One of Detroit’s principal downtown arteries and one time home to the Detroit Tigers stadium is undergoing a rebirth.
Michigan Avenue, a brick-laid multi-lane street flowing west from downtown through Dearborn and beyond, like so many of the Motor City’s once grand spoke-in-wheel streets, underwent a postwar decline into a kind of urban wasteland, especially since the 1967 riots.
When Tiger Stadium closed in 1999, it was demolished almost a decade later, it was the last nail in the coffin. Some of the remaining bars that served aftergame crowds closed but in the intervening years some new and trendier bars and restaurants opened as part of a revival of Detroit’s historic Irish Corktown neighborhood.
Nevertheless, much of the street remained bleak.
Now, with Ford Motor Company purchasing the former Michigan Central Station, an 18-storey Beaux-Arts style tower that opened in 1914 and once served a network of passenger trains, the revival is on.
Ford purchased the building and surrounding properties to develop a 30-acre almost $1 billion research campus for a new urban open-platform “mobility” center, set to open this year. The building, close to the Ambassador Bridge, is at one end of the almost one-mile Michigan Avenue stretch, with a new major hotel, The Godfrey, at the other.
Aaron Black, general manager of The Godfrey, says it is set to open in August.
Black added there’s no question Ford’s redevelopment of the station was the “big catalyst” for his hotel and a major residential building, under construction, a couple of blocks up Michigan Avenue, the Perennial Apartments.
“This was really the driver for speeding up the recovery of the Corktown area,” he said.
Both properties are joint projects of Detroit-based Hunter Pasteur Homes and Chicago’s Oxford Capital Group.
The Godfrey, one of five such branded hotels in the U.S., part of the Hilton chain’s upscale Curio division, is a seven-storey, 227-room complex, a $75 million contemporary-styled building rather than a repurposed older one.
Similarly, the 300-unit Perennial will open this winter.
But between them was the first major new residential complex, The Corner, appropriately enough built at the corner of Michigan and Trumbull Street, where Tiger Stadium was located.
The mixed-use modular-constructed four-storey building opened in 2019 and has a view over the storied baseball field.
The Godfrey was built on a lightly developed site that has some historic notes. The last century Detroit Lions administrative offices used to be located there. It was also home to one of the first African American-owned taxi companies in the U.S.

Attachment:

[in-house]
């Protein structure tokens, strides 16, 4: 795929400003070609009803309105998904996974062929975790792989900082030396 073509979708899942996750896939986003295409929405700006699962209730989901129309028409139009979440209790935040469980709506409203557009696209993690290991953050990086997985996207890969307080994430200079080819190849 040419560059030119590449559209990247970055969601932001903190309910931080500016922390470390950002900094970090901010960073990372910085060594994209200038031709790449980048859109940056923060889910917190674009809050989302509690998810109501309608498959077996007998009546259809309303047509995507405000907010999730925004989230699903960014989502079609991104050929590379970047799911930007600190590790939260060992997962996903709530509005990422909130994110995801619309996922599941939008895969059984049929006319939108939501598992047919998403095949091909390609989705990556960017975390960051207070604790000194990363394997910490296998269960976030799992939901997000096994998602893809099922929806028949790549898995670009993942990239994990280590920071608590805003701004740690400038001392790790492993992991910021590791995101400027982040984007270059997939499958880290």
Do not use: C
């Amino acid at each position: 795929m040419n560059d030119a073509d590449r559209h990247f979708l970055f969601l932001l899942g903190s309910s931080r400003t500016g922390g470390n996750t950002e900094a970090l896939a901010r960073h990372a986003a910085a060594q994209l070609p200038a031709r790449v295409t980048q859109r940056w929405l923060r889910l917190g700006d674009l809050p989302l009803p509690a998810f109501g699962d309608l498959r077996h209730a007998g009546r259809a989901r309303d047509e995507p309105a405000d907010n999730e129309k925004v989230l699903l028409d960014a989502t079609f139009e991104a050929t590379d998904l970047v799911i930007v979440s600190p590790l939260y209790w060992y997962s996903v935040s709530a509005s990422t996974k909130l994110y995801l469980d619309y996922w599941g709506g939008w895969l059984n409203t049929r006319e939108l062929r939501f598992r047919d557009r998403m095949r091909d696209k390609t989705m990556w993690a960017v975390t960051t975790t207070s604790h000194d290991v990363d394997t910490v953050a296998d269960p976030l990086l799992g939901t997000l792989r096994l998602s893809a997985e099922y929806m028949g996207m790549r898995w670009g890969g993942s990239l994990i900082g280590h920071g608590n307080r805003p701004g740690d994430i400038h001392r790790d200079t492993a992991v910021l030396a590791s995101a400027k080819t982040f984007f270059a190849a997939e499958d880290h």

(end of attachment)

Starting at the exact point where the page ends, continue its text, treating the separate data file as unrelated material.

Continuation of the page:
Meanwhile, The Godfrey also signals the first major hotel to be built just outside Detroit’s central business district.
“It’s the first major brand-aligned project just outside the Detroit core,” Black said.
The development faced no major challenges but developers worked with community groups so the project fit into the revitalized Corktown area.
“There was certainly a lot of interest from the neighborhood action committees and concern about us doing things that were well-aligned with the history and conditions of Corktown,” Black said.
Meanwhile, in front of Ford’s Michigan Central campus, a huge city park has also just undergone restoration.
The 13-acre Roosevelt Park reopened in June after a $6 million renovation.
Gone are roads that bisected the park. At one time the park exemplified the “City Beautiful” movement to complement the “grandiose” edifice like Michigan Central, but “didn’t make it conducive to the type of uses these days,” Jeff Klein, the city’s deputy chief of landscape architecture, said.
Klein said the revitalized park will complement Michigan Central in a new way, serving 5,000 office workers as well as the wider Corktown neighborhood.
Just to the west is Detroit’s Mexicantown, a vibrant multi-block Hispanic area with numerous restaurants and shops. Moreover, a major artery is being rerouted around the park instead of through it. And the city’s new Southwest Greenway walking trail has been connected.
Within the “unified” space – formerly 9.5 acres and now 13 – is a pedestrian gateway, an event lawn and areas for picnicking and sitting.
Klein said the city worked with neighborhood residents as part of a “framework plan for the greater Corktown neighborhood (to) improve the quality of life” for residents.
“I think that’s where the park fits in to the greater picture of what’s going on up and down on Michigan avenue.”
Details include some trees removed but new ones planted, many of which are cherry.
“I hope that we can create a cultural event at the park much like what you see in D.C. with their blossoms on the mall,” he said.
Park furniture includes promenade and ancillary walkway benching, swing benches, seat walls and barbecue sites.
The synergy between the Michigan Central campus, the centrality between Corktown and Mexicantown and a hoped-for small business revival along Michigan Avenue, should see the park become a focal point.
The last piece of renewal is Michigan Avenue itself.
The street is to have a $50 million rebuild along a two-mile strip. Details remain preliminary but the project will include bike and transit lanes as well as autonomous vehicle lanes to complement the research center.
“We are working towards getting a basic design plan approved but that won’t be until later this year,” said Diane Cross of Michigan’s transportation department, which oversees the road, also known as US 12.